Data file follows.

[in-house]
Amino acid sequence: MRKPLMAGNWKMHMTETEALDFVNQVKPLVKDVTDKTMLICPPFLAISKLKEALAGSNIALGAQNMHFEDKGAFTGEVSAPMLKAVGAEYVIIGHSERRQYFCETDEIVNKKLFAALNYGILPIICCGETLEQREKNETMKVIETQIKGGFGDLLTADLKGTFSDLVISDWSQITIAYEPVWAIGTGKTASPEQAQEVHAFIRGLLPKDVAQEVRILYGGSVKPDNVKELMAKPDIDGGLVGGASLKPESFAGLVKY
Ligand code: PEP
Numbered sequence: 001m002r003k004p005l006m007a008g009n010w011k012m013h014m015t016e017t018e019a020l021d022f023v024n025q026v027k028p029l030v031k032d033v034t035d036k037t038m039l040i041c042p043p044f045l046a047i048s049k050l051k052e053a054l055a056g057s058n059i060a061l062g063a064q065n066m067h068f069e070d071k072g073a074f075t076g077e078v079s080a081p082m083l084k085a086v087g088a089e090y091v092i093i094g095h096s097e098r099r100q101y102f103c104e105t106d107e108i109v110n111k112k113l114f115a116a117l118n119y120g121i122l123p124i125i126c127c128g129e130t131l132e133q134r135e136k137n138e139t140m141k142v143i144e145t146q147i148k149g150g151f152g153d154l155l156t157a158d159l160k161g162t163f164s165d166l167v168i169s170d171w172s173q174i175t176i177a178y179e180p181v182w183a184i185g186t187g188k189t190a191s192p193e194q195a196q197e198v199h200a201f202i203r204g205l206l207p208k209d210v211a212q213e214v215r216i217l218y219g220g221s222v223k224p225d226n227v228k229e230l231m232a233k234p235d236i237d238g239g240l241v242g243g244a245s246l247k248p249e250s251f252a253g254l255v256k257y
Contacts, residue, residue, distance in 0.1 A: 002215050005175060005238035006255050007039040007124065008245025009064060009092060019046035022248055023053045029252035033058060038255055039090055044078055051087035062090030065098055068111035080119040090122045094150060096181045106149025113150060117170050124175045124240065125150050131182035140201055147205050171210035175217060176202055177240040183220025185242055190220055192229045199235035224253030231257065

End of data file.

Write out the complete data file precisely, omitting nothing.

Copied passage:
[in-house]
Amino acid sequence: MRKPLMAGNWKMHMTETEALDFVNQVKPLVKDVTDKTMLICPPFLAISKLKEALAGSNIALGAQNMHFEDKGAFTGEVSAPMLKAVGAEYVIIGHSERRQYFCETDEIVNKKLFAALNYGILPIICCGETLEQREKNETMKVIETQIKGGFGDLLTADLKGTFSDLVISDWSQITIAYEPVWAIGTGKTASPEQAQEVHAFIRGLLPKDVAQEVRILYGGSVKPDNVKELMAKPDIDGGLVGGASLKPESFAGLVKY
Ligand code: PEP
Numbered sequence: 001m002r003k004p005l006m007a008g009n010w011k012m013h014m015t016e017t018e019a020l021d022f023v024n025q026v027k028p029l030v031k032d033v034t035d036k037t038m039l040i041c042p043p044f045l046a047i048s049k050l051k052e053a054l055a056g057s058n059i060a061l062g063a064q065n066m067h068f069e070d071k072g073a074f075t076g077e078v079s080a081p082m083l084k085a086v087g088a089e090y091v092i093i094g095h096s097e098r099r100q101y102f103c104e105t106d107e108i109v110n111k112k113l114f115a116a117l118n119y120g121i122l123p124i125i126c127c128g129e130t131l132e133q134r135e136k137n138e139t140m141k142v143i144e145t146q147i148k149g150g151f152g153d154l155l156t157a158d159l160k161g162t163f164s165d166l167v168i169s170d171w172s173q174i175t176i177a178y179e180p181v182w183a184i185g186t187g188k189t190a191s192p193e194q195a196q197e198v199h200a201f202i203r204g205l206l207p208k209d210v211a212q213e214v215r216i217l218y219g220g221s222v223k224p225d226n227v228k229e230l231m232a233k234p235d236i237d238g239g240l241v242g243g244a245s246l247k248p249e250s251f252a253g254l255v256k257y
Contacts, residue, residue, distance in 0.1 A: 002215050005175060005238035006255050007039040007124065008245025009064060009092060019046035022248055023053045029252035033058060038255055039090055044078055051087035062090030065098055068111035080119040090122045094150060096181045106149025113150060117170050124175045124240065125150050131182035140201055147205050171210035175217060176202055177240040183220025185242055190220055192229045199235035224253030231257065